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2013: National policies covering the care and support of people with dementia and their carers

Background information

Where people with dementia receive care and support

The following table provides estimates of the number of people with dementia living at home, in various types of residential care and in hospitals or psychiatric institutions.

Place of residence



Estimated number/

Additional information

At home (alone)


26,104 (Cahill et al., 2012)

At home (with relatives or close friends)


No figures available

At home (with other people with dementia)


No figures available

In general/non-specialised residential homes



In specialised residential homes for people with dementia


In general/non-specialised nursing homes


14,266 (Cahill et al., 2012)


In specialised nursing homes for people with dementia


(some of the people included in the above figure are in dementia specific units attached to the Health Service Executive (HSE).

In hospitals, special wards or medical units


644 (Cahill et al., 2012)

In psychiatric establishments


456 (Cahill et al., 2012)

With regard to specialised nursing homes for people with dementia, extended care units for older people and private nursing homes (that have beds allocated to people with dementia or in the few stand-alone Dementia specific Centres similar to those run by the Alzheimer Society of Ireland) are included in the 14,266 mentioned in the above table.

There are also some sheltered housing schemes in Ireland which cater for people with dementia. Figures are not available as some are operated by local communities and do not always come under health funding.

According to the Department of Health (2011), 31.4% of residents in long stay units and 4.0% of residents in limited stay units have dementia.

However, this estimate is much higher in other reports (i.e. over 60%). In one small study in Dublin 89% of people over 65 years were reported to have some form of cognitive impairment. (Flood, 2012). These estimates apply to all people with dementia, not only those who have been formally diagnosed.

With regard to the ratio of staff to residents in various establishments where people with dementia live or receive care, the Health Information and Quality Authority (HIQA) sets standards (which are supported by regulation) and inspects these establishments. One of the standards relates to staffing levels:

“At any point in time, the number and skill mix of staff on duty is determined andprovided according to a transparently applied, nationally validated, assessment tool,to plan for and meet the needs of the residents. This is subject to regular review.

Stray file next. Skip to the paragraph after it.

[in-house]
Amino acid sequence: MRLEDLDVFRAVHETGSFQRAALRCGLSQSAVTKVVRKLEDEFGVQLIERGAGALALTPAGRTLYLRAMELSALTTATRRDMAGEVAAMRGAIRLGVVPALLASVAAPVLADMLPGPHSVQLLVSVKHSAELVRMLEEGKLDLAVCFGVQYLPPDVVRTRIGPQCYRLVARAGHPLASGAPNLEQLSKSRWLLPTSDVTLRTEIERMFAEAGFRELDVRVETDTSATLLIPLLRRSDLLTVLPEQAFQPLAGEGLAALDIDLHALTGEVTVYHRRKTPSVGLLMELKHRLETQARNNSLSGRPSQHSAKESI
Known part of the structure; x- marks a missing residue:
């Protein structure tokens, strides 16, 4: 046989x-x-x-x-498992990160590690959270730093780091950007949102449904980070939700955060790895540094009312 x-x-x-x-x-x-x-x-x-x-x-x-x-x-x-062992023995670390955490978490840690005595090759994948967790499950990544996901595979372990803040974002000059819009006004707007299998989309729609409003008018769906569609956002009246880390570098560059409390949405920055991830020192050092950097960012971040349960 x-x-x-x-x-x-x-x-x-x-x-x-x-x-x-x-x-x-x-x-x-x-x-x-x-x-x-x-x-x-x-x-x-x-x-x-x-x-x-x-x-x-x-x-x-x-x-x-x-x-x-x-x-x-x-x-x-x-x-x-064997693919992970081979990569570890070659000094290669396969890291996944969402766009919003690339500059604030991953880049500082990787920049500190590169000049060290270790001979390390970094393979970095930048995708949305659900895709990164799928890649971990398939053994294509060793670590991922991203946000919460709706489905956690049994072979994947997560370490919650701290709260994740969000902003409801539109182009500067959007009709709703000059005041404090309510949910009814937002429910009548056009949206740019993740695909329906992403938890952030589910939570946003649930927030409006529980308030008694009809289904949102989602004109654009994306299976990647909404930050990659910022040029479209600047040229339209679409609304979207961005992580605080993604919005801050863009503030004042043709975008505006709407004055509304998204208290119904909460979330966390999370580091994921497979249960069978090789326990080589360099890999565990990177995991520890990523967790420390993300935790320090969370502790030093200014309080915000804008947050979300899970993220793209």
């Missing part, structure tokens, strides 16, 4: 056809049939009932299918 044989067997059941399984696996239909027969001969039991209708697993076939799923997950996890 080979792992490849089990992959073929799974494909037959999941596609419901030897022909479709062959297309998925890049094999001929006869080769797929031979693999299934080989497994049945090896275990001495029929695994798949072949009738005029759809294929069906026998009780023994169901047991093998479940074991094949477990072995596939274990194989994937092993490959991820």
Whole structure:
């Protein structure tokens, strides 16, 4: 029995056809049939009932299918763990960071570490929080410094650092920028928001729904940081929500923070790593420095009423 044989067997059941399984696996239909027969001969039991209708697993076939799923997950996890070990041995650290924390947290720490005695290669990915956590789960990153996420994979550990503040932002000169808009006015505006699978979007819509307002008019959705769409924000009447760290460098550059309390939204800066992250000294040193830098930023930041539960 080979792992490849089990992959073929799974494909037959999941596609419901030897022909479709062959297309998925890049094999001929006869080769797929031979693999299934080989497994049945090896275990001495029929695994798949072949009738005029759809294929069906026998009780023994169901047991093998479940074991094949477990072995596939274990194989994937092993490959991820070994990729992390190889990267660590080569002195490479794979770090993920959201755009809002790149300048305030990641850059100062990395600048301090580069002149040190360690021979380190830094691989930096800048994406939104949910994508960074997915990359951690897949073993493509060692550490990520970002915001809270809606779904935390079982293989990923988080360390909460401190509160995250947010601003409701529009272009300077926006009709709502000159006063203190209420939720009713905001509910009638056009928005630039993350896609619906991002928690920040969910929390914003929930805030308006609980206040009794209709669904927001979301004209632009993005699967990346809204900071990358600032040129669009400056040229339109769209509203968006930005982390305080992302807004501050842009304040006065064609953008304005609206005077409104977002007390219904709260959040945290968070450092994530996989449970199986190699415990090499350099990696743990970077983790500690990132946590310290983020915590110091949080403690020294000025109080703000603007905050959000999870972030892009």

“The staffing numbers and skill mix of qualified/unqualified staff are at all times appropriate to the assessed needs of the residents and the size, layout and purpose of the residential care setting.” (Health Information and Quality Standard 23.4, 2009, p. 41)

The organisation of care and support for people with dementia

The overall organisation of care and support

The overall organisation of care and support for people with dementia is regulated by the governments (i.e. policy makers through legislation and regulations and the Department of Health/Minister of Health), as well as by the Health Information & Quality Authority (HIQA) (which inspects services) and the Health Service Executive (Statutory Body) which is responsible for delivering services. Care and support are organised as follows.

The Integrated Services Directorate manages all hospital and community public health services in Ireland and has responsibility for the delivery of all health and personal social services across the country including hospital, primary, community and continuing care services. This also includes management of an overall budget of over €13bn and a statutory and voluntary sector workforce of 105,000.

The range of health and personal social services provided by the HSE and its funded agencies are managed within four Regions. Each of the HSE's four administrative areas has a Regional Health Forum, which includes representatives from the city and county councils within that area.

The HSE's 4 Regions are divided into HSE Areas. Each HSE Area has an Area Manager who is responsible for managing all of the public health services in their area of operation. HSE Areas include all Hospital Services and Local Health Office services, integrated into one seamless health service for the people living in that area.

 Clinical strategies and programmes have been established to improve and standardise patient care throughout the organisation by bringing together clinical disciplines and enabling them to share innovative solutions to deliver greater benefits to every user of HSE services.

The directorate has established a number of National Clinical Programmes which are based on three main objectives, namely to improve the quality of care delivered to all users of HSE services, improve access to all services and improve cost effectiveness.